View Image Gallery of Subfamily Sarrothripini

“Giaura” tortricoides Walker
Orosa tortricoides Walker, 1865 [1866], List Specimens lepid. Insects Colln Br. Mus., 34: 1223.
basigerella Walker, 1866, List Specimens lepid. Insects Colln Br. Mus., 35: 1748, syn. n.
Sarrothripa curvilinea Snellen, 1879, Tijdschr. Ent., 22: 93.
Giaura tortricoides ab. borneonis Strand, 1917, Arch. Naturgesch., 82 (A1): 82.
Giaura tortricoides ab.
ura Strand, 1917, Arch. Naturgesch., 82 (A1): 82.
Giaura tortricoides
borneonis Gaede and ura Gaede, 1937, Gross-Schmett. Erde, 11: 394.


"Giaura" tortricoides
(holotype of borneonis)

This is a small, dullish dark brown species with typical but obscure Characoma group forewing pattern. Some specimens (including the holotype of borneonis) have a longitudinal dark bar subdorsally in the medial zone. Identification is best confirmed by dissection.

Taxonomic note. Tymbal organs are absent. The male genitalia are rather narrow and elongate, the uncus slightly bulbous apically and with small setal pads on the scaphium, suggesting a trend towards Garella (which would have priority over Orosa) though the female genitalia are not as in Garella, the bursa being large, ovate and finely fluted longitudinally, lacking a signum. The valves are narrow, tongue-like, and the black-scaled processes are longer, straight except for basal curvature, with the scales restricted to the club-like apex. There is also a pair of hair pencils in the eighth segment that are based on broad, disc-like pads; the hairs are relatively short. The holotype female of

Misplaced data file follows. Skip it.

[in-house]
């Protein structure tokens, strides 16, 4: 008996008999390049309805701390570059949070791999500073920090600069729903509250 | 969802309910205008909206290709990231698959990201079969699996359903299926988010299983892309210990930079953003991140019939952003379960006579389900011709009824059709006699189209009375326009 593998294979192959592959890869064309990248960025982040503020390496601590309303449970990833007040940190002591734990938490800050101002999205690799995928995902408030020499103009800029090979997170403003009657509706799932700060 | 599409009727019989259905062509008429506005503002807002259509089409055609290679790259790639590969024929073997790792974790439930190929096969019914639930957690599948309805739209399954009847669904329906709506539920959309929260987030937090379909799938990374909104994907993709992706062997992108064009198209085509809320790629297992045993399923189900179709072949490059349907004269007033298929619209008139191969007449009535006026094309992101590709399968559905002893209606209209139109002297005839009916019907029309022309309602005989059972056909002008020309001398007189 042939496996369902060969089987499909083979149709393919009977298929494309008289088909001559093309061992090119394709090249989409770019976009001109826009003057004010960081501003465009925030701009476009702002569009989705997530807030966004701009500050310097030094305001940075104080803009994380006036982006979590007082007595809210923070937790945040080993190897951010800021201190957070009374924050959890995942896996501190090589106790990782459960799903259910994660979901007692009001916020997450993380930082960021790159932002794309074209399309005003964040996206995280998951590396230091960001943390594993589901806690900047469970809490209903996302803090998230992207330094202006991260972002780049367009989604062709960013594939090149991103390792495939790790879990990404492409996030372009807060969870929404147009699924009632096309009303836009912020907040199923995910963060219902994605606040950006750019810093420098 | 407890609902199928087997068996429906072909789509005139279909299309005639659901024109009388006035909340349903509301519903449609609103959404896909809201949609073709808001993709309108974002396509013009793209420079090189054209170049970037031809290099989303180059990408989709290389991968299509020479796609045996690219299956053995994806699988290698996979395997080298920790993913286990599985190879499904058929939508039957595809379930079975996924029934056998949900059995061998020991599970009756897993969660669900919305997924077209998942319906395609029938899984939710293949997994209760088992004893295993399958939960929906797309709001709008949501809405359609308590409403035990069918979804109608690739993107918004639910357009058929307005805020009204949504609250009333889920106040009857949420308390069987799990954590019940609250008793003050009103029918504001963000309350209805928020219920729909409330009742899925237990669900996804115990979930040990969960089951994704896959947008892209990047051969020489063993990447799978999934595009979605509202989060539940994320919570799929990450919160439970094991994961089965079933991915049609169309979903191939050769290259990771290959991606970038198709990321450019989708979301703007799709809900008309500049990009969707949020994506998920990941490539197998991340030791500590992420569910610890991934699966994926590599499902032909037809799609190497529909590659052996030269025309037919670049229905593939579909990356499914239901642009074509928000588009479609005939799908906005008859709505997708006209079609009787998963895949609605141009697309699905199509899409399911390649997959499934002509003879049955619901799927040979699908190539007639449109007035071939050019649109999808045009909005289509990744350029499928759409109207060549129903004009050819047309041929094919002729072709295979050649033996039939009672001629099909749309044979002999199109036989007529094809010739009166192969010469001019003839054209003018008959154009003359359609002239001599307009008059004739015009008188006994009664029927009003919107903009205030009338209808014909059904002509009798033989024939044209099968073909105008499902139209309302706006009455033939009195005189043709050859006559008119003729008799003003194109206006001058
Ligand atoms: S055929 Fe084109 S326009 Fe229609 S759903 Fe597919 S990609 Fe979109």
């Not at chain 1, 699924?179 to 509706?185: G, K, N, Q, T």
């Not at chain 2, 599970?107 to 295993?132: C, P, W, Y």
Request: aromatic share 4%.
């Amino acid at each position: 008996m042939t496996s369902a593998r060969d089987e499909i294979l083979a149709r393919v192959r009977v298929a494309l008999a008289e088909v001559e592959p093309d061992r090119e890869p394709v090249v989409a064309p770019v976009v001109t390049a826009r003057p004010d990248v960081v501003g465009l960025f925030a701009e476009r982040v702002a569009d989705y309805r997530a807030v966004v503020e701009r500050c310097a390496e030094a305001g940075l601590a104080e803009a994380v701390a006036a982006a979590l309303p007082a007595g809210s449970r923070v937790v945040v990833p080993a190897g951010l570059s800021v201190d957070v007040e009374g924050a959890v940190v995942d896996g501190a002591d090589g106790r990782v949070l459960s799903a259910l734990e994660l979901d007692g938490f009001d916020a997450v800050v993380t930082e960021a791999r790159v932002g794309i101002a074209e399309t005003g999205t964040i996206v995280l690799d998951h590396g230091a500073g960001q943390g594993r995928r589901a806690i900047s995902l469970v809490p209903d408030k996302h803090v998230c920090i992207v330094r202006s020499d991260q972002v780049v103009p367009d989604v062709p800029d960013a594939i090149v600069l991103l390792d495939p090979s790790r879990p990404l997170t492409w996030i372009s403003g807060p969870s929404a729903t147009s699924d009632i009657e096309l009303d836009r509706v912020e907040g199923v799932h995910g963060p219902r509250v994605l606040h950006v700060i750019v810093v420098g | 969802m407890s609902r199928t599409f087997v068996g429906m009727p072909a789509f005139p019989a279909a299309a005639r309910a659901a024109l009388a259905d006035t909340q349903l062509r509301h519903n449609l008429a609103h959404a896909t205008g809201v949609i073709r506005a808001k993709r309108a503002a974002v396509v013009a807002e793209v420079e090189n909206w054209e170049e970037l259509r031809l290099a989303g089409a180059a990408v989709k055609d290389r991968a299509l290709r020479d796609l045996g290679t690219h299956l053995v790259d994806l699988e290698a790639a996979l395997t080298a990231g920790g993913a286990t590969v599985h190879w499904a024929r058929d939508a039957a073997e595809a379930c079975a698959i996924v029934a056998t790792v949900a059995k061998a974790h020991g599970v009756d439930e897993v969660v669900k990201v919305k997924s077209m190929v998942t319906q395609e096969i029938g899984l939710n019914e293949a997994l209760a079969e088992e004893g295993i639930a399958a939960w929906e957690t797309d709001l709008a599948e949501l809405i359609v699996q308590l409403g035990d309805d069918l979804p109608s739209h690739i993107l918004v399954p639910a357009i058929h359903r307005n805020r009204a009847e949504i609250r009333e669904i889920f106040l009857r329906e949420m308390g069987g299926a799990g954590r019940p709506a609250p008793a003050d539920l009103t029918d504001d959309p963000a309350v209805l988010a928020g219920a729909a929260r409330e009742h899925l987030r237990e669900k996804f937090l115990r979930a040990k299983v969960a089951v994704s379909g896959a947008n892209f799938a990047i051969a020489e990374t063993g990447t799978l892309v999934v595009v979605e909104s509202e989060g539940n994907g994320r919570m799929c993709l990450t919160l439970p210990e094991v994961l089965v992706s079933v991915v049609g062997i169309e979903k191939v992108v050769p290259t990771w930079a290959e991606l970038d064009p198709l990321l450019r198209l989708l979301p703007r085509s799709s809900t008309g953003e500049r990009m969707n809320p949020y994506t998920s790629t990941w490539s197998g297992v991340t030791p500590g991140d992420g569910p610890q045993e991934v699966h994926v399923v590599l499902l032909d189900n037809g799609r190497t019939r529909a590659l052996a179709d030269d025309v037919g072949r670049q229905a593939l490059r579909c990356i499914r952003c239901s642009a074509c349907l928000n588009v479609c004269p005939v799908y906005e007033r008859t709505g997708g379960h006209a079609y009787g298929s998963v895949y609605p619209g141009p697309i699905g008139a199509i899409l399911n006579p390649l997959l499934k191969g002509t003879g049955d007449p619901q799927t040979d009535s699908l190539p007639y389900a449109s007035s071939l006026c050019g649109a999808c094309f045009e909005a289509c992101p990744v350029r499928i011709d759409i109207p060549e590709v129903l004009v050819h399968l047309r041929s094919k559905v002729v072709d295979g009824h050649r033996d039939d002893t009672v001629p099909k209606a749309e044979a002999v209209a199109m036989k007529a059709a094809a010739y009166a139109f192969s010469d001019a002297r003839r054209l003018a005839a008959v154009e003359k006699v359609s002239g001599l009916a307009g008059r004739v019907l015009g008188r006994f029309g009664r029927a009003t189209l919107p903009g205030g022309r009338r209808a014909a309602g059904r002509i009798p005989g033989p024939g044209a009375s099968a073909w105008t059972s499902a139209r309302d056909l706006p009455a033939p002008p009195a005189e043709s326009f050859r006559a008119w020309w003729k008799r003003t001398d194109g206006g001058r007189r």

basigerella Walker has genitalia as above, but its current synonym (Poole, 1989), “G.” unilineata Bethune-Baker (New Guinea), is distinct, stat. rev. Gyrtothripa simplex Hulstaert may also be a synonym, but the type has not been examined.

Geographical range. Sri Lanka, Okinawa, Andamans, Borneo, Sumatra, Flores, Sulawesi, ?Tenimber (simplex), New Guinea, Bismarcks, Queensland.

Habitat preference. The only Bornean specimen seen is the holotype of borneonis, taken in Sarawak by A.R. Wallace, probably in the lowlands.

Biology. The species has been reared from Hibiscus tiliaceus (Malvaceae) in the Andamans (unpublished IIE records) and on Okinawa I. (Tominaga, 1999b). Tominaga illustrated a smooth, slightly spindle-shaped green larva with a black head; these live singly in a folded leaf of the plant and pupate in a pale greyish white boat-shaped cocoon that incorporates fragments of dust or other material. Hibiscus tiliaceus is a coastal and estuarine shrub.

<<Back >>Forward <<Return to Content Page

Copyright © Southdene Sdn. Bhd. All rights reserved.